South Korea considers $70K baby bonus to tackle fertility crisis: Tyler Cowen

South Korea is grappling with the world’s lowest total fertility rate and is considering a bold solution: offering baby bonuses of around $70,000 to encourage more births. This radical approach aims to address not just immediate demographic challenges but also long-term economic sustainability by boosting tax revenues through a larger working-age population. While the success of such policies remains uncertain and past examples show mixed results, the experiments in South Korea and Hungary highlight a growing global concern about declining birth rates and the need for innovative solutions to ensure societal vitality and economic stability.

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By Tyler Cowen

As the global fertility crisis continues to accelerate, so does anxiety over what to do about it. A smaller world population may be fine in the short run, but it would not be good for it to asymptotically approach zero, and many citizens presumably do not want their countries to lose their geopolitical influence due to population decline. And in many cases, there is national debt to be paid off, which requires more young people to pay taxes and finance the pensions of the old.

Some countries are taking action. South Korea, which has the world’s lowest total fertility rate — just above 0.7, far below the replacement level of 2.1 — is pondering a radical solution: baby bonuses of 100 million won each, or about $70,000. For perspective, that is about twice South Korea’s annual per-capita income. At current birth rates, the plan would cost more than $16 billion a year; if it is successful, it will cost even more.

In principle at least, these kinds of policies are self-financing. Most babies born today or over the next few years will grow up to be taxpayers. In the long run, the birth subsidies in net terms need not cost anything at all. If, for instance, you pay two years’ average income to a family to have another child, you might plausibly expect to later receive about 45 years of tax receipts.

But will such policies actually result in population growth? After all, the government may end up making a lot of payments to families which would have had children anyway. Imagine that, after putting the policy into practice, only one-tenth of the kids born were induced by the subsidy. In that case, in expected-value terms, the two years’ investment of per-capita income yields only one-tenth of the calculation presented above — that is, 4.5 years of additional tax receipts. Given that those receipts are discounted for a rather distant future, and perhaps constitute only about a third of income, in fiscal terms this is not a profitable deal.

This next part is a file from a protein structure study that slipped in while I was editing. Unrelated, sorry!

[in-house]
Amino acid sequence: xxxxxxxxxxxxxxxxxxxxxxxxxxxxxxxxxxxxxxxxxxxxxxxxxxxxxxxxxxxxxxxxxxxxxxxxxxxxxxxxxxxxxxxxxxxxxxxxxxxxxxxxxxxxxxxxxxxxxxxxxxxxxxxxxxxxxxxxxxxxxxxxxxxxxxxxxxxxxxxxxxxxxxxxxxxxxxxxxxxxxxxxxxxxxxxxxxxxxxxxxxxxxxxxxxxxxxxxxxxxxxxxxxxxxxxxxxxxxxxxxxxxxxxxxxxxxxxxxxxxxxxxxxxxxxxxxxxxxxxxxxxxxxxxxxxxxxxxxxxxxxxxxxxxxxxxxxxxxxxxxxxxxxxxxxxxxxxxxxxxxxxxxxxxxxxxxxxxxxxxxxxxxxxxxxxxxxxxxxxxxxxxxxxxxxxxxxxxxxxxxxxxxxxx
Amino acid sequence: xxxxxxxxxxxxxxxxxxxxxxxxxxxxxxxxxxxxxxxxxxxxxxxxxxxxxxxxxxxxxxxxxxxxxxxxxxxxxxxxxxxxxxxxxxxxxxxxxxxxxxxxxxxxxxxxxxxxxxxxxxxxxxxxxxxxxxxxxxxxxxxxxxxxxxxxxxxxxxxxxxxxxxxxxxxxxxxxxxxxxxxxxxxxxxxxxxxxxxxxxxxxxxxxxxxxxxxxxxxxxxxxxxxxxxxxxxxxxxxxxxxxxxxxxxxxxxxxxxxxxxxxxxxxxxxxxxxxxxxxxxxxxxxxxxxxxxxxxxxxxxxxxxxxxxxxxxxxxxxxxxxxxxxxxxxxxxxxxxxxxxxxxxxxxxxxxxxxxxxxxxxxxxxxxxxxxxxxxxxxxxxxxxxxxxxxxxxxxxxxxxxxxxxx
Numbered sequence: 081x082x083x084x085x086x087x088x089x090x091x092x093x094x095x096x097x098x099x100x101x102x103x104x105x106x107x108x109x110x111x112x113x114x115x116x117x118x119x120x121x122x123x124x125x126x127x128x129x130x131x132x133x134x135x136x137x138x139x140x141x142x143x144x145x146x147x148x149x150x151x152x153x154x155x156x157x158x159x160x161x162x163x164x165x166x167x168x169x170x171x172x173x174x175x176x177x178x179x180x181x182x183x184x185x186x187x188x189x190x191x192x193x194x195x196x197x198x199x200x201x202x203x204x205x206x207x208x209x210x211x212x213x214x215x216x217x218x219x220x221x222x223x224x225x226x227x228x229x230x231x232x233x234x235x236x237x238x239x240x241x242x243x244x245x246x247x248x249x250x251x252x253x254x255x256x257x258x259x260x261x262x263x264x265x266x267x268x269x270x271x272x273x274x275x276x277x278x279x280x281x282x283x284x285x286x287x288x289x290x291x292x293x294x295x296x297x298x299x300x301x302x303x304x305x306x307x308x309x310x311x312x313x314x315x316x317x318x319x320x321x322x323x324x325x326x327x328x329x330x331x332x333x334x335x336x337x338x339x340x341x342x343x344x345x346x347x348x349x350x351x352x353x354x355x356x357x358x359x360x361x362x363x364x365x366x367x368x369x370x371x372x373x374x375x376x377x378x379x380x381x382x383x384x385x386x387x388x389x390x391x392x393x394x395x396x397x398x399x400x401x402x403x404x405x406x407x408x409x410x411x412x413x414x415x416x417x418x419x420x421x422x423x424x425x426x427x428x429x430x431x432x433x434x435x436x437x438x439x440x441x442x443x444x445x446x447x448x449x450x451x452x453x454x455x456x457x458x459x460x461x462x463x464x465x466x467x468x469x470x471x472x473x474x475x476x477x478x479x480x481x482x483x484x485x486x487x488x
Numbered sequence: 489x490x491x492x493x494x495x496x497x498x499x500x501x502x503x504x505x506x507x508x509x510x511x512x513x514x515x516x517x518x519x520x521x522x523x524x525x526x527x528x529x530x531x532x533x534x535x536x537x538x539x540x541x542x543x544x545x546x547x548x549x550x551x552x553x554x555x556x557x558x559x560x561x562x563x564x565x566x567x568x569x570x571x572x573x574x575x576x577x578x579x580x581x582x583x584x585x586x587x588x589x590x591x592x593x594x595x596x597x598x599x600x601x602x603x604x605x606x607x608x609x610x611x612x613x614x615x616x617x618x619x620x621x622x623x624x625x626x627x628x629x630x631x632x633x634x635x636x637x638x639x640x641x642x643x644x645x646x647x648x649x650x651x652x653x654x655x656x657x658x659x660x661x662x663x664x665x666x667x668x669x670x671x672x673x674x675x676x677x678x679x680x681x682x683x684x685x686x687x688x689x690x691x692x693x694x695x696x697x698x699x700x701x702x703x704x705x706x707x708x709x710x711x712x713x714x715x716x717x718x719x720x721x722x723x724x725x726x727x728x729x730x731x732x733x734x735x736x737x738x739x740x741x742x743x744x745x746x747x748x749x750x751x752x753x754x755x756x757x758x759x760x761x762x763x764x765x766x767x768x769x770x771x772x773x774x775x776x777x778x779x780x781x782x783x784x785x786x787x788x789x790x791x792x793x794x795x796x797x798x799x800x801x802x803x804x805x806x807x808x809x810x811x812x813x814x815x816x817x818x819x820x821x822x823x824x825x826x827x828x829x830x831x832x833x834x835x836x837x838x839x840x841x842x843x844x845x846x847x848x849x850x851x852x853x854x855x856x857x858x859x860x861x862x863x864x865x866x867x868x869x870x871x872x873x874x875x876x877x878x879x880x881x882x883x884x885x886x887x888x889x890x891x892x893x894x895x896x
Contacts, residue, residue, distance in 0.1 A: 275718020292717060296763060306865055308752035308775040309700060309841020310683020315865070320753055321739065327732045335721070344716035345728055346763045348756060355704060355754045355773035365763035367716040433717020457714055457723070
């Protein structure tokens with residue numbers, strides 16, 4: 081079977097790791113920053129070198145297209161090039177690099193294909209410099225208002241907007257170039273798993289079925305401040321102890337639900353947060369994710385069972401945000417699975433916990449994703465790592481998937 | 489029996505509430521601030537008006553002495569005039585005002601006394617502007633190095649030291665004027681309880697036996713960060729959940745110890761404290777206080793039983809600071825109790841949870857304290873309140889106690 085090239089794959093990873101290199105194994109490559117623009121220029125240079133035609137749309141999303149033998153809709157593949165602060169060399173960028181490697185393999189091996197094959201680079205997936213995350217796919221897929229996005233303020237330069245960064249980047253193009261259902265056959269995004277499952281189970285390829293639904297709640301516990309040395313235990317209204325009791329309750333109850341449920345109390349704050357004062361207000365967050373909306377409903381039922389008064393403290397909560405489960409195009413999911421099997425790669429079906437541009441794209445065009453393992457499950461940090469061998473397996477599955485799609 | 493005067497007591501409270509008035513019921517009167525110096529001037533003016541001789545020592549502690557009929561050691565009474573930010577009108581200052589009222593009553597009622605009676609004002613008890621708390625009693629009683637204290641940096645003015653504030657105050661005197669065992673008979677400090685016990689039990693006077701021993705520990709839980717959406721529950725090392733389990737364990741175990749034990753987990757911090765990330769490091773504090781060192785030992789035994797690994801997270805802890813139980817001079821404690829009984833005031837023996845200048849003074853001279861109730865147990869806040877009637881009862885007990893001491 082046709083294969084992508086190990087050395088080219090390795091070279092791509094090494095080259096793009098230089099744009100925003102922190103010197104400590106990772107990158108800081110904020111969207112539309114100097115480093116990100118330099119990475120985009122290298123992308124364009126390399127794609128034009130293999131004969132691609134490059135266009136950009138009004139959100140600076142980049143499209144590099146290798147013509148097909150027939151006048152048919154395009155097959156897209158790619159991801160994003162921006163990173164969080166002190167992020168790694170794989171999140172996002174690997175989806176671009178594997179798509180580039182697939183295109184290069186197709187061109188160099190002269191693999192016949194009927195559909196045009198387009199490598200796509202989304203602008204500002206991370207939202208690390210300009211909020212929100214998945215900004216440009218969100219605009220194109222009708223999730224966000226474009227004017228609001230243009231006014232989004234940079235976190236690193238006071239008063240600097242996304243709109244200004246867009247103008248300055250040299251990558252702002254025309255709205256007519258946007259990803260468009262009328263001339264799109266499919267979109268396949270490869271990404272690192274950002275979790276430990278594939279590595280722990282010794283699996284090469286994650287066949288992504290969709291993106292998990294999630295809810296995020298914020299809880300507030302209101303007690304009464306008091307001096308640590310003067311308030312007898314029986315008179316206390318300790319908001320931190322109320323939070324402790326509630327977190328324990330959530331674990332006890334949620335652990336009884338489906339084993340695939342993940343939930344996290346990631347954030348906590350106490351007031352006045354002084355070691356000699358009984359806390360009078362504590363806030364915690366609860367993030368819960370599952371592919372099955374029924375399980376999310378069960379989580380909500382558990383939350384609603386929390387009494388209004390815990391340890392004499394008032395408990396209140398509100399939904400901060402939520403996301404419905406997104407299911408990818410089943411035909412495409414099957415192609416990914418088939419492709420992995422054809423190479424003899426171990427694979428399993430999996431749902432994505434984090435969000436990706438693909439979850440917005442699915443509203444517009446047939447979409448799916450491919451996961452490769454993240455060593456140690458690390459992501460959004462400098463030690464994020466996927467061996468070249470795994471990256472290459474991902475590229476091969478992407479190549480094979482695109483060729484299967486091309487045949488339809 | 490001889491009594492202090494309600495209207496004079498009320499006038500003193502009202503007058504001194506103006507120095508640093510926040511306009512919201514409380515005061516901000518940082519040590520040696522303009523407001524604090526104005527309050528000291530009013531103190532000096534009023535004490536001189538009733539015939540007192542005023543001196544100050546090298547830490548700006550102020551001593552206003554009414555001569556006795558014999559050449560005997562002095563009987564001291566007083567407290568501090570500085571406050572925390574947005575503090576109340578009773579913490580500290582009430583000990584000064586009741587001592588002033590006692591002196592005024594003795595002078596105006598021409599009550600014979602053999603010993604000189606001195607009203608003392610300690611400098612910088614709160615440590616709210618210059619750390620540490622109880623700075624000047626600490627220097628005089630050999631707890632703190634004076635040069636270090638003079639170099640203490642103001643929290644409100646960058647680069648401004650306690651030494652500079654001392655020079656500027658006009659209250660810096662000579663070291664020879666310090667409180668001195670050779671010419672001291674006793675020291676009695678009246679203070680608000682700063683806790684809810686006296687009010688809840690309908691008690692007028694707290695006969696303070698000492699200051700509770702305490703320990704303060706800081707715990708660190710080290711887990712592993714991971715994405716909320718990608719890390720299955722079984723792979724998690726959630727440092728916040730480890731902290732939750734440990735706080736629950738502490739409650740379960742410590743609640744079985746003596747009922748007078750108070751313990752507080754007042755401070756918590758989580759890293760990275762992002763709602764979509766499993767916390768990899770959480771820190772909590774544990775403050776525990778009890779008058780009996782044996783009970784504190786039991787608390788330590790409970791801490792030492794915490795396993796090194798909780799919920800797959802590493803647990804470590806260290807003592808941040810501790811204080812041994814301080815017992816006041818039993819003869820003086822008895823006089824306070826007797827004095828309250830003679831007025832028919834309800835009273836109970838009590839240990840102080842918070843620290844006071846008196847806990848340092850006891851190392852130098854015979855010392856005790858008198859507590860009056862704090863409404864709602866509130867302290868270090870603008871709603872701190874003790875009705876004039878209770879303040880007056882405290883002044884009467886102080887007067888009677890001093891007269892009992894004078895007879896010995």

You still might think it is worth spending money to increase the number of Korean babies. After all, people in prosperous countries are on average happy, and that is worthwhile in itself, quite aside from their contribution to the public till. Still, if addressing public budget imbalances is one of the motivations for this policy, it could make fiscal problems worse.

Unfortunately, it’s impossible to say how much impact the Korean subsidies would have, as there is no precedent. The closest would be Hungary’s subsidies to childbearing, including income-tax exemptions and amounting to about 5% of GDP. These policies were instituted only a few years ago, but there is some evidence of rising fertility rates in Hungary, albeit at 1.6 still well below replacement.

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When birth subsidies get smaller, most of the evidence is not encouraging. The Nordic countries provide various kinds of free child care and benefits for parents, such as paid workplace leave. Those policies are generous by global standards, yet the resulting birthrates are not impressive. Similarly, evidence from the US indicates that the so-called “shifting priorities” of younger generations — about life choices and societal norms — influence decisions about family size far more than any changes in childrearing costs or subsidies. France also has a subsidy plan in mind, but it probably isn’t big enough to work. Singapore has tried subsidies as well as nudges, such as government-sponsored dating cruises, to no avail.

It shouldn’t be a huge surprise that the smaller subsidies don’t work. Having children changes everything you do and how you do it. If you are not interested in that life-altering transformation, a birth subsidy isn’t going to make a difference. Subsidies might convince a couple with two children to have a third, because now the additional child is easier to afford. The problem of course is that so many families are not having two kids to begin with.

Peer expectations are another factor here. If most families had three kids, more people might seek to meet that standard and the subsidy could help them do so. So one way the subsidies could work is by creating a critical mass of large families and changing social norms for everyone.

In any case, the Korean and Hungarian birth-subsidy experiments deserve both praise and scrutiny. Even if they just slow but do not arrest the trend toward much older and smaller societies, they are still worth pursuing. We all will learn from the results. There isn’t enough social experimentation in the world, and humanity has to try something to avoid disappearing.

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